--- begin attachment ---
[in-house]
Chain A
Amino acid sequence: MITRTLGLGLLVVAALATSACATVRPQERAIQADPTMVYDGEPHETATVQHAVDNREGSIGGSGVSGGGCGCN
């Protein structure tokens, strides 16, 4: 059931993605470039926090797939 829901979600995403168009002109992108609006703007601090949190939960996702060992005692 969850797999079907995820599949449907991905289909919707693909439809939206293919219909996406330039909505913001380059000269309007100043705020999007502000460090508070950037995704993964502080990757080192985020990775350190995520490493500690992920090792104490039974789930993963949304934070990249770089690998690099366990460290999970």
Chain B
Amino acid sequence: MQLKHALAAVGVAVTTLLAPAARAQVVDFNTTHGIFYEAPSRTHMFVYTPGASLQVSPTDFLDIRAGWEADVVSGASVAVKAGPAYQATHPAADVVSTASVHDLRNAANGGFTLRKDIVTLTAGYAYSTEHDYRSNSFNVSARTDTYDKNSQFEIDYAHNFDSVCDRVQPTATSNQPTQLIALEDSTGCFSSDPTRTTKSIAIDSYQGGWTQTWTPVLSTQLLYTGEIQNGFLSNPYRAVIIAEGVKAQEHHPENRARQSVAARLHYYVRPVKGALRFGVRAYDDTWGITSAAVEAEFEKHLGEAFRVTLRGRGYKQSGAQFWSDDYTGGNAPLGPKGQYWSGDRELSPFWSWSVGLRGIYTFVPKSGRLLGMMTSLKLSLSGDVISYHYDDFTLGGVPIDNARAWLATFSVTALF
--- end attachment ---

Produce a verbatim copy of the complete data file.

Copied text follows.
[in-house]
Chain A
Amino acid sequence: MITRTLGLGLLVVAALATSACATVRPQERAIQADPTMVYDGEPHETATVQHAVDNREGSIGGSGVSGGGCGCN
């Protein structure tokens, strides 16, 4: 059931993605470039926090797939 829901979600995403168009002109992108609006703007601090949190939960996702060992005692 969850797999079907995820599949449907991905289909919707693909439809939206293919219909996406330039909505913001380059000269309007100043705020999007502000460090508070950037995704993964502080990757080192985020990775350190995520490493500690992920090792104490039974789930993963949304934070990249770089690998690099366990460290999970």
Chain B
Amino acid sequence: MQLKHALAAVGVAVTTLLAPAARAQVVDFNTTHGIFYEAPSRTHMFVYTPGASLQVSPTDFLDIRAGWEADVVSGASVAVKAGPAYQATHPAADVVSTASVHDLRNAANGGFTLRKDIVTLTAGYAYSTEHDYRSNSFNVSARTDTYDKNSQFEIDYAHNFDSVCDRVQPTATSNQPTQLIALEDSTGCFSSDPTRTTKSIAIDSYQGGWTQTWTPVLSTQLLYTGEIQNGFLSNPYRAVIIAEGVKAQEHHPENRARQSVAARLHYYVRPVKGALRFGVRAYDDTWGITSAAVEAEFEKHLGEAFRVTLRGRGYKQSGAQFWSDDYTGGNAPLGPKGQYWSGDRELSPFWSWSVGLRGIYTFVPKSGRLLGMMTSLKLSLSGDVISYHYDDFTLGGVPIDNARAWLATFSVTALF